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I'm developing a device with changeable AAA batteries running at 3V. Since the end user can change the batteries there is a chance they may be put in the wrong way around. The circuit basically consists of an ATTiny85 and some LEDs. Do I need to add a reverse polarity protection circuit to my design or should it be fine without?

If it needs one, what is the simplest way to achieve this? Just a single diode between +3V and Vcc on the MCU should do, right?

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    \$\begingroup\$ The ATtiny85 is only speced down to about 2.7V. For operation on 2 AAAs (especially rechargables) you'll probably want to use the ATtiny85V instead. \$\endgroup\$ – Ignacio Vazquez-Abrams Jul 1 '15 at 17:17
  • \$\begingroup\$ I didn't know there was a low voltage version of the ATTiny85. Thank you, this helps me! \$\endgroup\$ – David Högberg Jul 1 '15 at 17:28
  • \$\begingroup\$ There's a nice trick using an NMOS instead of a diode for reverse protection. This way you don't get the diode drop, which you really don't want in a battery device. \$\endgroup\$ – avl_sweden Jul 1 '15 at 17:30
  • \$\begingroup\$ I heard it was with a PMOS. \$\endgroup\$ – Ignacio Vazquez-Abrams Jul 1 '15 at 17:41
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    \$\begingroup\$ Another approach is physical protection. Some battery compartments have ridges around the positive terminal. With a correctly inserted battery, the bump on the positive end of the battery will go between the ridges and make contact. However, with a backwards battery, the flat negative end will not make contact. If you have this arrangement, you have little need to electronic protection. \$\endgroup\$ – DoxyLover Jul 1 '15 at 18:01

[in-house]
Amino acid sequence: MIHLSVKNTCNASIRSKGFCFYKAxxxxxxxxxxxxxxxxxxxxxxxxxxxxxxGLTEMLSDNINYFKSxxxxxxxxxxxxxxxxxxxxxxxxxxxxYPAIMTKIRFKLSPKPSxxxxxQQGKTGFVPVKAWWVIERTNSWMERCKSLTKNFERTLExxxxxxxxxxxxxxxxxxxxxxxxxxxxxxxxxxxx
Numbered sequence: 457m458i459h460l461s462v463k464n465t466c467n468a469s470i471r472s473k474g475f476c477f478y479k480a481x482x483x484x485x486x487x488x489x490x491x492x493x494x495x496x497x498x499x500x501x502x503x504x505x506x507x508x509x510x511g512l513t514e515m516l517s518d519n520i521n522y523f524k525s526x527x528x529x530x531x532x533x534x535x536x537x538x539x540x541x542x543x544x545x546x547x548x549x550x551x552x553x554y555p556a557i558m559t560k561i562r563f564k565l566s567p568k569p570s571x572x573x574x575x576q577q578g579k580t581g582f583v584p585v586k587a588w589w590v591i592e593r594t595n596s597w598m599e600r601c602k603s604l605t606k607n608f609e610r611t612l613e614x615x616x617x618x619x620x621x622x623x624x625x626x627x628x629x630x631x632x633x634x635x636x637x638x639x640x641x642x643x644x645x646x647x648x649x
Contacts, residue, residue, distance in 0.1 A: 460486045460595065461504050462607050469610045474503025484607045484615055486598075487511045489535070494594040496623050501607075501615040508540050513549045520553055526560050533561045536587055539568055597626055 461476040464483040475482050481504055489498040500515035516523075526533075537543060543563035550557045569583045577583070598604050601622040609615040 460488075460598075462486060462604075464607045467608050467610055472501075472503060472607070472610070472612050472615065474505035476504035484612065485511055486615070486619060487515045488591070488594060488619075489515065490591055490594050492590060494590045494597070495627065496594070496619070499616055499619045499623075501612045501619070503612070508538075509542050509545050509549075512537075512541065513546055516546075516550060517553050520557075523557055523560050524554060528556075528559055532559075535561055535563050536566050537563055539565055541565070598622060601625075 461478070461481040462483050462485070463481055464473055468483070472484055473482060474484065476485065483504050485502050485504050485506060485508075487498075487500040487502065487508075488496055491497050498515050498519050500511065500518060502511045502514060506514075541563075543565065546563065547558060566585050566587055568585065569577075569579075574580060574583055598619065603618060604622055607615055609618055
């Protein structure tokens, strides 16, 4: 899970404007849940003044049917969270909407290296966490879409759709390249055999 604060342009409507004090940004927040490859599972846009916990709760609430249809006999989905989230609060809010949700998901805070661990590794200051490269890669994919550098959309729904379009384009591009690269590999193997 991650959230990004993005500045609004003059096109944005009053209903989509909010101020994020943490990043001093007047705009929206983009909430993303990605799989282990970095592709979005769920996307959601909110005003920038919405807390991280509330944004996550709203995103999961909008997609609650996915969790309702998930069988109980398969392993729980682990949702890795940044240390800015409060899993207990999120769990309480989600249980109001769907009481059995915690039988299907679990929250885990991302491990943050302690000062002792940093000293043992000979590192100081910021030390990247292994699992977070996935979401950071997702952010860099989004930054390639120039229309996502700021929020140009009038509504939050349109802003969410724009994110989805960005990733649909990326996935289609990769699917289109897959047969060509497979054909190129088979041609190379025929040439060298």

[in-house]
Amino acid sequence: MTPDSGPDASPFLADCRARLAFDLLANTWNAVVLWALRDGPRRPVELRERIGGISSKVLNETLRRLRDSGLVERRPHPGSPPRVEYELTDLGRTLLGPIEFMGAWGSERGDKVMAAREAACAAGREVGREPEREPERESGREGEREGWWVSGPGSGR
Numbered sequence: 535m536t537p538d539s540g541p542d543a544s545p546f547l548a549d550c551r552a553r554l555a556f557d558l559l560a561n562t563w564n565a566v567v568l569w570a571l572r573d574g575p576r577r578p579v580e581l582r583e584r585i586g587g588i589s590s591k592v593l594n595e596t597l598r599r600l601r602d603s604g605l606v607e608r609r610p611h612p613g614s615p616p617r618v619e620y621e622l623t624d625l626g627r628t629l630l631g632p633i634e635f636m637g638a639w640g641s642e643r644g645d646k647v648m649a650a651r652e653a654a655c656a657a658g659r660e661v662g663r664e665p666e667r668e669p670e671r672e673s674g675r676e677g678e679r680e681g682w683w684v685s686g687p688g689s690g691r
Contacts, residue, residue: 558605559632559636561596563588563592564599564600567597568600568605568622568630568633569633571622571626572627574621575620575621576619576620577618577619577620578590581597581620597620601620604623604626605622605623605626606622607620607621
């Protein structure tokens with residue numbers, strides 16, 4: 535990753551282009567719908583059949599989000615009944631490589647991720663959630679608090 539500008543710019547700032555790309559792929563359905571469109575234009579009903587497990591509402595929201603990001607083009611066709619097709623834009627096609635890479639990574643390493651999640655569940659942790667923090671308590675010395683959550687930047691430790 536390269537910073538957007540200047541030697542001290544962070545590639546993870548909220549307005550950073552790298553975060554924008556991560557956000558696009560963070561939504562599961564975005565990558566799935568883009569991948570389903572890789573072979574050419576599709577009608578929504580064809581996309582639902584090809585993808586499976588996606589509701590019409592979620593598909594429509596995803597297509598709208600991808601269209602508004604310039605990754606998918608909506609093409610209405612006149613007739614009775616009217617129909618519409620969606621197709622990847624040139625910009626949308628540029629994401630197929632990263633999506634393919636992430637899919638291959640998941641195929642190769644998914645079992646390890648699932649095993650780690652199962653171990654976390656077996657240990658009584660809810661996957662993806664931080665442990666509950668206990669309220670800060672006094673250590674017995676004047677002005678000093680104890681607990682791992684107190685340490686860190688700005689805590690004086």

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A better solution for reverse polarity protection using a P-channel MOSFET:

schematic

simulate this circuit – Schematic created using CircuitLab

This circuit has virtually no voltage drop across the MOSFET, where-as a diode will have one (even a schottky diode might have a ~0.25V drop).

Note that this circuit requires that \$V_1 > V_{th}\$, which in this case would be ~2V. Also with 2AAA batteries you might have a hard time driving some LED's, especially as the batteries drain.

If you prefer, here's an equivalent circuit which uses an N-channel MOSFET. Similarly, it requires \$V_1 > V_{th}\$

schematic

simulate this circuit

For a more complete explanation on why these circuits work, I would recommend watching this (it only covers the PMOS circuit, but a similar concept applies to the NMOS circuit).

Another related question: Is a Schottky diode appropriate for reverse polarity protection?

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enter image description here

Operating Voltage For ATtiny85 is 2.7 to 5.5v. You are trying to run your system with just two AA batterries i.e aprroximately 3.2v (Battery voltage is a bit higher than rated not just 1.5X2=3V). So when you put a silicon diode in series then you would loose approx. 0.7V. That means you would only have (3.2-0.7=2.5V) which is lower than what is specified on Datasheet. Moreover, if you are drawing 100ma of current then it dissipates 0.7x100ma=70mW of power which is too much for a battery powered system. A schottkey diode has a voltage drop of about 0.25V. It may do the job.

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